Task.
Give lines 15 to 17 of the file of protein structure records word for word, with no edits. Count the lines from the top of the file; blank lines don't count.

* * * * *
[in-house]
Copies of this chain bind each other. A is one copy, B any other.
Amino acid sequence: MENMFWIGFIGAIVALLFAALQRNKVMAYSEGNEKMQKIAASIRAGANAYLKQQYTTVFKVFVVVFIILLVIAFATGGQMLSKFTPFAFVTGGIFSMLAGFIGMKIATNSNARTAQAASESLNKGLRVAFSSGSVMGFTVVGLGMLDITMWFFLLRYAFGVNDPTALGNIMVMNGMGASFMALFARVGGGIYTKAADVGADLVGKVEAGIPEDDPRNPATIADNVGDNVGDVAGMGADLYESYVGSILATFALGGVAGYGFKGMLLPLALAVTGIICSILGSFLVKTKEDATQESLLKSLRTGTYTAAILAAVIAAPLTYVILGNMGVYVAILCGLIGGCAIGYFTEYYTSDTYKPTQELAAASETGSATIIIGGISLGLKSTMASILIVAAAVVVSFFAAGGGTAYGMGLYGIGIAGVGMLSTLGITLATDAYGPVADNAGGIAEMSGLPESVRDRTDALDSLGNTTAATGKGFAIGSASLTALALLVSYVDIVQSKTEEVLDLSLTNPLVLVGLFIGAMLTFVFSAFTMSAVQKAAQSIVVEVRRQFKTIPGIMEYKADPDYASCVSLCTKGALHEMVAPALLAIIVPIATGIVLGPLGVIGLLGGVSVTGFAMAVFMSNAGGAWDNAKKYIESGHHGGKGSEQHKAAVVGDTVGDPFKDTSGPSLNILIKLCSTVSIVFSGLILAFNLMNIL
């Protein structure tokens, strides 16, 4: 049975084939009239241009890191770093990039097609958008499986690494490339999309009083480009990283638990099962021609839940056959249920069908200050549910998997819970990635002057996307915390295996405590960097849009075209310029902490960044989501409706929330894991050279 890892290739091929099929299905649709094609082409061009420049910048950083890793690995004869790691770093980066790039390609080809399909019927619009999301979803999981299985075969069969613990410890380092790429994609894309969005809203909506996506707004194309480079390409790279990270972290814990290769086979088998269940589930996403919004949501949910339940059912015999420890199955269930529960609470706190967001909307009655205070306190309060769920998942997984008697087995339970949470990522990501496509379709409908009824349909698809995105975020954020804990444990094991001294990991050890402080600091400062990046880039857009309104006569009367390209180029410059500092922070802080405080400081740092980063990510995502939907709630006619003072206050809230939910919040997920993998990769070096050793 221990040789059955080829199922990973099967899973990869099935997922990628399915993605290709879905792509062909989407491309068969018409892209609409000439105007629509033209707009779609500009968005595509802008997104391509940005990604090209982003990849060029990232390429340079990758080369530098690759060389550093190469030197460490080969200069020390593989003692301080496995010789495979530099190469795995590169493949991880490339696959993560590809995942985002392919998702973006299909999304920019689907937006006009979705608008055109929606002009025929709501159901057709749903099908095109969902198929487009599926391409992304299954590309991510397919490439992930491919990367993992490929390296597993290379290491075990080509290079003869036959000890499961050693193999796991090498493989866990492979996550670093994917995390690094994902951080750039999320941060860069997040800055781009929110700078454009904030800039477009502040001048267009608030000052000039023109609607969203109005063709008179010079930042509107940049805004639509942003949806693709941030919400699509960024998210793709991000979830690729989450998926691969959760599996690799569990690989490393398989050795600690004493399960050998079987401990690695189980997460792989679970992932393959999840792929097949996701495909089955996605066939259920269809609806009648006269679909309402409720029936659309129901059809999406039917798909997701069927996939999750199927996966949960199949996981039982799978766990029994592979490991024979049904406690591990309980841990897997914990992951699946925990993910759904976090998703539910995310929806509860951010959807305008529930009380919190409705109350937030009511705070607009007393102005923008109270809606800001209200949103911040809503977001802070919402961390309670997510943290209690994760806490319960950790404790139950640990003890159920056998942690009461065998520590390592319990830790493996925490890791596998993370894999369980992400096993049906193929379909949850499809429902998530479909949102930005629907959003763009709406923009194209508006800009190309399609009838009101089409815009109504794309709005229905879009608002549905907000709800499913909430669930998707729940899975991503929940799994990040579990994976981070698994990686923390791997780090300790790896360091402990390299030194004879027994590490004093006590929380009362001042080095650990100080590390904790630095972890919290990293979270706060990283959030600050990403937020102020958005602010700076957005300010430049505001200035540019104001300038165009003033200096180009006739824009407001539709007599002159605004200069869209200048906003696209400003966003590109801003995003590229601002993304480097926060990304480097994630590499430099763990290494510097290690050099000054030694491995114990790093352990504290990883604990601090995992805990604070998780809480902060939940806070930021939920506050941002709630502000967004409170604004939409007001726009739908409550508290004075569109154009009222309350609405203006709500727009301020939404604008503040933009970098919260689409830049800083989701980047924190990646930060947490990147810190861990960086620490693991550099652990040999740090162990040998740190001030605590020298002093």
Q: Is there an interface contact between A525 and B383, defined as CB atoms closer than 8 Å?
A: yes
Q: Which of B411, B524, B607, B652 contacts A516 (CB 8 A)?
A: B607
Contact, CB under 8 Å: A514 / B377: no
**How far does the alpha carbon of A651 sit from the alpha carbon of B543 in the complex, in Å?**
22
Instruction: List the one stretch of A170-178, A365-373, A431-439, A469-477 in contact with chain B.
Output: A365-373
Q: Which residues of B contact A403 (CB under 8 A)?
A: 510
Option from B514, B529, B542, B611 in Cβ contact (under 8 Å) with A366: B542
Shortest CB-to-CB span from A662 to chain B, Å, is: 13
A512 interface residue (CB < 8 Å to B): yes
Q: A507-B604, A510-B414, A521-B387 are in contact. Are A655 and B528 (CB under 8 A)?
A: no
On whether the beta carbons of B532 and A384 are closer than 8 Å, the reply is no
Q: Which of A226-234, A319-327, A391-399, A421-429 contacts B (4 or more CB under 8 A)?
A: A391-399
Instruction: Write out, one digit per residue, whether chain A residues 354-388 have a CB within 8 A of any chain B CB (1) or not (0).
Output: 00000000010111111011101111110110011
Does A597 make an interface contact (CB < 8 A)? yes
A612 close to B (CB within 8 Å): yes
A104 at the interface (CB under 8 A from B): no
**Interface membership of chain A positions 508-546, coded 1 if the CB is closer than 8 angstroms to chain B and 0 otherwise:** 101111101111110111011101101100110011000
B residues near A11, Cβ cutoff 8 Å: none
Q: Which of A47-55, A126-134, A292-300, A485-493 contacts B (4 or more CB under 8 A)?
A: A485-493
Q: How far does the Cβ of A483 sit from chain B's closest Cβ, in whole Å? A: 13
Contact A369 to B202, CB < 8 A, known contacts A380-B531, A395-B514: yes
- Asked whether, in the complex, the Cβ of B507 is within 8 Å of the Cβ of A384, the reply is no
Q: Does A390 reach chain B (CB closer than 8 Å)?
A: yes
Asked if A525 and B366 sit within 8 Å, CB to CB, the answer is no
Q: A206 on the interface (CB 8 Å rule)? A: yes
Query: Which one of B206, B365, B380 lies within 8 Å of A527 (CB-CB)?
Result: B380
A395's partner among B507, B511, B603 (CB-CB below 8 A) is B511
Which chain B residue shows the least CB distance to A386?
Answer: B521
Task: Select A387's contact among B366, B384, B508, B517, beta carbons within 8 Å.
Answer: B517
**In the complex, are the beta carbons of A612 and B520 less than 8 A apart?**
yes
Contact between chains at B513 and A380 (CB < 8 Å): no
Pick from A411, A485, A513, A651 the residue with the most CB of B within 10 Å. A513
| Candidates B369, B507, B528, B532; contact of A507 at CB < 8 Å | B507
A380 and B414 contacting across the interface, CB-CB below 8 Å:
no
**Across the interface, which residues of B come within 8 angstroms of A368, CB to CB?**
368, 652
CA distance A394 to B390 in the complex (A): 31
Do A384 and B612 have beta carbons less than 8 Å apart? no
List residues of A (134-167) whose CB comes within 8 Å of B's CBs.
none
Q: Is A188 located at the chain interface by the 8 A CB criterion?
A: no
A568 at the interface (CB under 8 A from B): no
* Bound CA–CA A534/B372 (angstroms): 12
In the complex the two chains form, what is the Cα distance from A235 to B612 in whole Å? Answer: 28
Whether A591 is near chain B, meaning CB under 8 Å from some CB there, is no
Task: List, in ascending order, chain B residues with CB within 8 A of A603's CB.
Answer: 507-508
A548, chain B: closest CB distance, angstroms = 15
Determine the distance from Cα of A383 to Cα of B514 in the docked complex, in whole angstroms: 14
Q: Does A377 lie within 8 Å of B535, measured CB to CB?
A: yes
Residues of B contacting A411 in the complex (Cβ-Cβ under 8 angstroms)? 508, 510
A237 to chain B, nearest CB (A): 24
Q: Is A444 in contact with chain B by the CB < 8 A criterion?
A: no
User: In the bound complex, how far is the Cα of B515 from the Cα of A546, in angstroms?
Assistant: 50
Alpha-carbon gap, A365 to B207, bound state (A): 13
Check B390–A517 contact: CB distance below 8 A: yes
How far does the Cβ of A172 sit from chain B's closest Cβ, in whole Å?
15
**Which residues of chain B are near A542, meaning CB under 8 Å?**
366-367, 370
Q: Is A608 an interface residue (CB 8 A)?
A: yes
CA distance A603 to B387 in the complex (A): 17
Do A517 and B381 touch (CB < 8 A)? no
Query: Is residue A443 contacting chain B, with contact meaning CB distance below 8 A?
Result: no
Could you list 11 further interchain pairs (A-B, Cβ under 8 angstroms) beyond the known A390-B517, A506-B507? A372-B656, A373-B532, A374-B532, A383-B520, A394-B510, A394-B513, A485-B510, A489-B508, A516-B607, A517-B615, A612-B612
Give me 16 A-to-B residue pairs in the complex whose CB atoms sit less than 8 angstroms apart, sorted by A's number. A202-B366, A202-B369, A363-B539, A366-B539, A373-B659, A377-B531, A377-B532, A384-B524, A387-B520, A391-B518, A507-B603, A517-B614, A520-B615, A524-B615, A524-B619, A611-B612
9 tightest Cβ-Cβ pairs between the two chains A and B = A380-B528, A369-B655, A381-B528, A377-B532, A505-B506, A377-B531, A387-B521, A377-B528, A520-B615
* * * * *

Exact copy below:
A: 510
Option from B514, B529, B542, B611 in Cβ contact (under 8 Å) with A366: B542
Shortest CB-to-CB span from A662 to chain B, Å, is: 13